Like it or not, final exams provide a better analogy to the Last Judgment than one would like to think: All that was hidden comes to light…
Finals: the very word does something alarming to the spine. This week, as students at Wyoming Catholic College go into the classroom for a three-hour test or wait outside a professor’s office for a face-to-face oral exam, the reality of their efforts during the semester is borne in upon them. Like it or not, final exams provide a better analogy to the Last Judgment than one would like to think: all that was hidden comes to light. Indeed, the very anticipation of finals can help a soul to order itself rightly. Last-minute conversions are possible, yes, but it’s the steady exercise of study, the accumulation of depth and solid grounding, the cultivation of habitus, that brings confidence and hope, just as long training and unsparing self-knowledge bring courage to the athlete or warrior.
Today, as it happens, the sophomores I taught this semester are taking their final exam in Humanities 201: The Roman Order. They are coming to terms with Livy, Virgil, Plutarch, and Ovid, remembering heroes and tyrants, and meditating on the long history of Rome, including the hard transition from Republic to Empire. Today is also, as it happens, St. Lucy’s Day (the feast day of my daughter Lucia), and the fact that St. Lucy died as a martyr in Syracuse during the persecution of the Church under Diocletian underscores the long, often vexed relationship between Christianity and Rome. Diocletian insisted that Christians participate in devotion to the gods of Rome, and of course St. Lucy would not, a refusal which a rejected suitor reported.
Worshipping the gods of Rome was to the early Christians (as Greek religion was to the Jews in Maccabees) a demonic insistence on idolatry. One of the puzzles of this semester has been understanding the nature of Roman piety, because its best effects were clearly stability, courage, and hope. For hundreds of years, as Livy shows in his history, the best and noblest Romans called Rome back to its rituals and its gods after terrible trials. Camillus restored the temples and reestablished the sacred boundaries after the city had been thoroughly sacked (except for the Capitoline Hill) by the Gauls. When he was made dictator after several disastrous Roman defeats at the hands of Hannibal and the Carthaginians, Fabius Maximus acted quickly to restore proper worship before he did anything of a military nature. The Roman “trinity” of religion, authority, and tradition explains why Hannah Arendt and Remi Brague see such evident continuity between old Roman practice and Roman Catholicism.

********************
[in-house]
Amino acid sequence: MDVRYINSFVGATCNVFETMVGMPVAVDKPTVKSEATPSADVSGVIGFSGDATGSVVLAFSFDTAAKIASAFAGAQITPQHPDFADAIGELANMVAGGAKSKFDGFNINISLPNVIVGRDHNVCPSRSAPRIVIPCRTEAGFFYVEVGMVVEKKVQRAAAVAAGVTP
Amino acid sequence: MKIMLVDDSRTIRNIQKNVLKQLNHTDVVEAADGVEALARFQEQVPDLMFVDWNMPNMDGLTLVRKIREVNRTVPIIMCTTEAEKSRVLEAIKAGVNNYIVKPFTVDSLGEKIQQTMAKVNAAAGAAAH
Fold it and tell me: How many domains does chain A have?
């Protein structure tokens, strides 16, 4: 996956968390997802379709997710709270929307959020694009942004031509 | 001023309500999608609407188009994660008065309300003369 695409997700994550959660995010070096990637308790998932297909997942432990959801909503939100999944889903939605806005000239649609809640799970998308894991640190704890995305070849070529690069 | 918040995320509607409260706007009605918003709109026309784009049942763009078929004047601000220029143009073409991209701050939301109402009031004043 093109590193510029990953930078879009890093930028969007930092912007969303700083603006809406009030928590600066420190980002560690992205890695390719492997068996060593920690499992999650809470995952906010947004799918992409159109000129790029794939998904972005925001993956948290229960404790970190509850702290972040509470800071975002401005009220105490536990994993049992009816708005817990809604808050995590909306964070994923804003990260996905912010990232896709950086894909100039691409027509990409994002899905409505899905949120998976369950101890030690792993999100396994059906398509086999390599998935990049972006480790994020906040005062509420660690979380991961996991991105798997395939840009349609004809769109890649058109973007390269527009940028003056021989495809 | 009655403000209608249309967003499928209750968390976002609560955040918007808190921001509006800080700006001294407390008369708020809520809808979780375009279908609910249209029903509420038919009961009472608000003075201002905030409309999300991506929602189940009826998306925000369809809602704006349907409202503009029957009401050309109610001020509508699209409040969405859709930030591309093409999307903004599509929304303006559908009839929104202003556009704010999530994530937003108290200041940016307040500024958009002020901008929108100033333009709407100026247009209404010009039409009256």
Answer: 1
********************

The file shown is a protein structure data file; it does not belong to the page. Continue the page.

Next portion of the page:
On the other hand, the brutal Roman destruction of Jerusalem in 70 A.D. (the largest concentration of Roman forces ever mustered) and the persecutions of Christians over several centuries point unmistakably to the difference between the good of civil religion and the claims of holiness. St. Lucy, of whom very little is known with much certainty, embodies the weight of that difference in the way she faced her final trial—finals in a true sense. Martyrs like her reinvent and recast such heroes as Horatius and Mucius Scaevola or such heroines as Lucretia. The continuity between one Rome and another comes through the courage to serve the revealed reality.
Our students remember Syracuse, where St. Lucy died, because of its prominent part in our curriculum. The disastrous Sicilian Expedition in the Peloponnesian War, recounted by Thucydides, ended with the imprisonment of 7000 surviving Athenians in the stone quarries outside Syracuse, where most of them died of disease and starvation. Two hundred years later, the Roman consul Marcellus led an attack on the city because it was an ally of Carthage in the Punic Wars. If students remember nothing else from that siege, they will remember the astonishing war machines built by Archimedes, the great mathematician, including a massive crane and hook that could up-end attacking ships in the harbor. His genius helped Syracuse ward off the Roman attack for months. Students will also remember how Marcellus wept when he discovered that one of his soldiers, knowing nothing of who Archimedes was, killed him for refusing to accompany his captor until he finished thinking through a problem.
Some of our students have Archimedes’ attitude when it comes to turning in their finals. We’ll know we’re doing our work well if they have the love of truth that martyred the mathematician for one last proof and the saint for a still higher glory.
Republished with gracious permission from the Wyoming Catholic College Weekly Bulletin (December 2017). The Imaginative Conservative applies the principle of appreciation to the discussion of culture and politics—we approach dialogue with magnanimity rather than with mere civility. Will you help us remain a refreshing oasis in the increasingly contentious arena of modern discourse? Please consider donating now.